The number one priority for childcare & education facilities should always be safety. However, keeping track of changing requirements, new regulations, and special safety considerations can be challenging for even seasoned owners.
While some safety measures are clear, like the need for fire alarms to be placed throughout the facility, there are many lesser-known requirements.
For example, do you know which types of exits need alarms, how big the gaps between fences and buildings can be, or the difference between standard fire alarms & voice evacuation systems?
Don’t worry, our design-build experts are here to help get you up to code and identify potential risks and pitfalls — before you build!
Safety considerations for building a childcare & education facility
Fire Alarms vs Voice Evacuation Systems
Fire alarms do a great job alerting the occupants of a building to danger, but they’re not sufficient when it comes to the design and construction of childcare facilities.
A voice evacuation system (VES) is a type of emergency communication system (ECS) that works similarly to fire alarms. The key difference is, instead of a vague alarm siren blaring throughout the building, a calm voice notification comes through the speakers and alerts occupants to the type of emergency — and how best to proceed.
These prerecorded notifications help keep students & faculty informed about critical conditions in a situation where seconds count.
Fire and Safety Exits
It’s not enough to have safety exits clearly marked. Did you know that all classrooms must have individual exits? In some regions, classrooms above a certain square footage are required to have multiple safety exits.
Doors leading to open areas must have alarms. Doors that lead to fenced-in enclosures are not required to have alarms.
The grass isn’t just greener on the other side, it’s also softer. Today’s playgrounds must have fall protection cushions underneath artificial turf.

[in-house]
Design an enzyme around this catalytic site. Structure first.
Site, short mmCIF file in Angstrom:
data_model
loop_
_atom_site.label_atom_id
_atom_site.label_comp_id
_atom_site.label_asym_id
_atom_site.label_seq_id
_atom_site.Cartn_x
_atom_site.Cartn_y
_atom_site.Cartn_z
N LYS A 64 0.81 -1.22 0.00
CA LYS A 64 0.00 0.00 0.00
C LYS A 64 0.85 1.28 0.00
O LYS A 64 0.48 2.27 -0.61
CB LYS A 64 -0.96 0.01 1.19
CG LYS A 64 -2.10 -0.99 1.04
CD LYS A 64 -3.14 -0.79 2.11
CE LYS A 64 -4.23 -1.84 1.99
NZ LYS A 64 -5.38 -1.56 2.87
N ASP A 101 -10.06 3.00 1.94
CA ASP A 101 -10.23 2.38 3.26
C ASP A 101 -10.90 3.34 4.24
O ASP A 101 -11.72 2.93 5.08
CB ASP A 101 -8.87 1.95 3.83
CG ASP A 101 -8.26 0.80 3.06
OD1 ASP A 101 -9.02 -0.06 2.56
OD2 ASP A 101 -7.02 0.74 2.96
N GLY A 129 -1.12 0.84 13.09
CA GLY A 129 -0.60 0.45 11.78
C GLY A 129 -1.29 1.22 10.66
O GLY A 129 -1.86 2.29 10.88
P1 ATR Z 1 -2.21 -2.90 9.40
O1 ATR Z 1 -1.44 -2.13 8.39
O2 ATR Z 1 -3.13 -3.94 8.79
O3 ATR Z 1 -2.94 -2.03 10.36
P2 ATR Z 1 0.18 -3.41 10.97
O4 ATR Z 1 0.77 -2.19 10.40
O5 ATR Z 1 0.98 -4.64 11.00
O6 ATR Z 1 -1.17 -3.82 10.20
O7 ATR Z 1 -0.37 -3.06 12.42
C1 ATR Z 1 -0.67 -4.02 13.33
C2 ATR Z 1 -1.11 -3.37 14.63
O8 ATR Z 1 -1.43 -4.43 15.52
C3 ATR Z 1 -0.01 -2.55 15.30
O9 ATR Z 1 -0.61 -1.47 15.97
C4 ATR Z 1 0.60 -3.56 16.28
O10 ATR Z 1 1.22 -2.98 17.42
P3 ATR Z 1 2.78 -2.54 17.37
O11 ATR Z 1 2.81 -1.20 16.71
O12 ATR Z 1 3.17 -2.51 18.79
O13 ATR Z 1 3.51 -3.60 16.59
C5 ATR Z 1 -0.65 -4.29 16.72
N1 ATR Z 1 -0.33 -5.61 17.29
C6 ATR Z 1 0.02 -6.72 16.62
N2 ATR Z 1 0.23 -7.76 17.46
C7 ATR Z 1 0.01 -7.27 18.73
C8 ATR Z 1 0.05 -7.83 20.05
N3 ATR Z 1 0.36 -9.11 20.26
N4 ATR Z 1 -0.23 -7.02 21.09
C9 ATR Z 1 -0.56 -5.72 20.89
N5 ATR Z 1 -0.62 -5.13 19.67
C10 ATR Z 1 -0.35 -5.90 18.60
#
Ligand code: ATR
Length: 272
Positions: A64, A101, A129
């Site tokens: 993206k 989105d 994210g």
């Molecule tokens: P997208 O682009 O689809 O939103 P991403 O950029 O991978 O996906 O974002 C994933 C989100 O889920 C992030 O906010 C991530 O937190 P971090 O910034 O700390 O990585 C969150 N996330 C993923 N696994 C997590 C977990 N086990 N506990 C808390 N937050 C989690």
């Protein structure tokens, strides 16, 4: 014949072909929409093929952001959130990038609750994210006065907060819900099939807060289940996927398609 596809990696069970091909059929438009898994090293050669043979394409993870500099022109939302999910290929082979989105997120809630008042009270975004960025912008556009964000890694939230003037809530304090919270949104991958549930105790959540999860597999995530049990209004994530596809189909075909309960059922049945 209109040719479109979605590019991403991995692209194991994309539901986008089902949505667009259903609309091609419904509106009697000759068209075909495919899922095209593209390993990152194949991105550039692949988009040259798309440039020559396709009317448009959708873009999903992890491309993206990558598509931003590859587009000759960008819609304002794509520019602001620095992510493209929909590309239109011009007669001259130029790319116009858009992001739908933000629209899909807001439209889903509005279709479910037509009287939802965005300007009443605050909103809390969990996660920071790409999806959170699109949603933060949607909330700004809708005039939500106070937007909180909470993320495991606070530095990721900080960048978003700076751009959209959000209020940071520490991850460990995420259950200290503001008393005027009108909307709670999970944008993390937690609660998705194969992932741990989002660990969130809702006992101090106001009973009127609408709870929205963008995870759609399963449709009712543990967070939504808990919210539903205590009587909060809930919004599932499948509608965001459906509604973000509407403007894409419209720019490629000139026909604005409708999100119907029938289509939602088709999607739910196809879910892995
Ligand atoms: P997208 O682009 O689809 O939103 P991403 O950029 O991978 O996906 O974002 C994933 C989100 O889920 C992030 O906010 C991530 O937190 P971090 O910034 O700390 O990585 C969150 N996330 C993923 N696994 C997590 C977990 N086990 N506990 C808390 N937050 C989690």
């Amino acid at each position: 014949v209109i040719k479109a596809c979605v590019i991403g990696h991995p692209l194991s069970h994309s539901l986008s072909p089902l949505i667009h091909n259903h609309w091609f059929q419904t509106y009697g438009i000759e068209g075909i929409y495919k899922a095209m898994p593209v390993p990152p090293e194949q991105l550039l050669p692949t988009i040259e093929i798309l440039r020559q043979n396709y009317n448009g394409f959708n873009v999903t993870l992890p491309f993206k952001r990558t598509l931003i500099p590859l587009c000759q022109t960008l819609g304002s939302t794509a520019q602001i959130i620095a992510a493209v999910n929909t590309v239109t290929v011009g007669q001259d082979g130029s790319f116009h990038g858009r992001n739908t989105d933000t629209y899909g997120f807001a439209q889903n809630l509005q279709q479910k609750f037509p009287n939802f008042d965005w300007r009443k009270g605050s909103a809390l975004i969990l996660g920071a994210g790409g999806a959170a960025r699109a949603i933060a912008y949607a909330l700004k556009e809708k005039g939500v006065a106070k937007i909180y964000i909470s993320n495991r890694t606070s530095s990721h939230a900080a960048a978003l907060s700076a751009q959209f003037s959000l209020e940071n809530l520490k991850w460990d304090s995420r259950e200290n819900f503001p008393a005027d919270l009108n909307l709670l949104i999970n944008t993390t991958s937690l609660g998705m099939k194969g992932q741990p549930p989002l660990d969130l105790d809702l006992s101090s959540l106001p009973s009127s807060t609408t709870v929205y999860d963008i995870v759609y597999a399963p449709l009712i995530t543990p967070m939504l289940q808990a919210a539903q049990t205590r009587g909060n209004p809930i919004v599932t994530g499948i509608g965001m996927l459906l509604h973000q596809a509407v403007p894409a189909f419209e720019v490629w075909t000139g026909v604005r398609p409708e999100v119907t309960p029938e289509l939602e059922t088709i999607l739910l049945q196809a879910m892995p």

Playground equipment, fences, and even the corners of brick buildings must not contain sharp edges. This also goes for counters & equipment found inside the facility.
Gaps between a fence post & a building must not be any bigger than 9 inches to prevent smaller children from getting stuck.
Your facilities’ restrooms have three factors that must be met: function, privacy, and safety.
Restrooms that cater to toddlers and smaller children must contain “kiddie toilets” that sit closer to the ground.
Stalls may also include dutch doors, which help maintain privacy and safety. These partitions make it easy for teachers to unlock a stall during an emergency, while maintaining the modesty of occupants during normal use.
In order for children to play and learn safely they need the appropriate amount of space. The more compact a child is the more likely they are to crash into each other while playing or spread germs between them. A good rule of thumb is each child needs 35 square feet of indoor space and 75 square feet of outdoor space.
How can Design-Build help?
To be competitive in today’s market, your childcare and education center must exceed all safety standards — and one of the most effective means of doing so is by working with a quality design-builder. To discover how Metrolina Builders can help you with your next build, just click the “Ready to Talk” button to get started.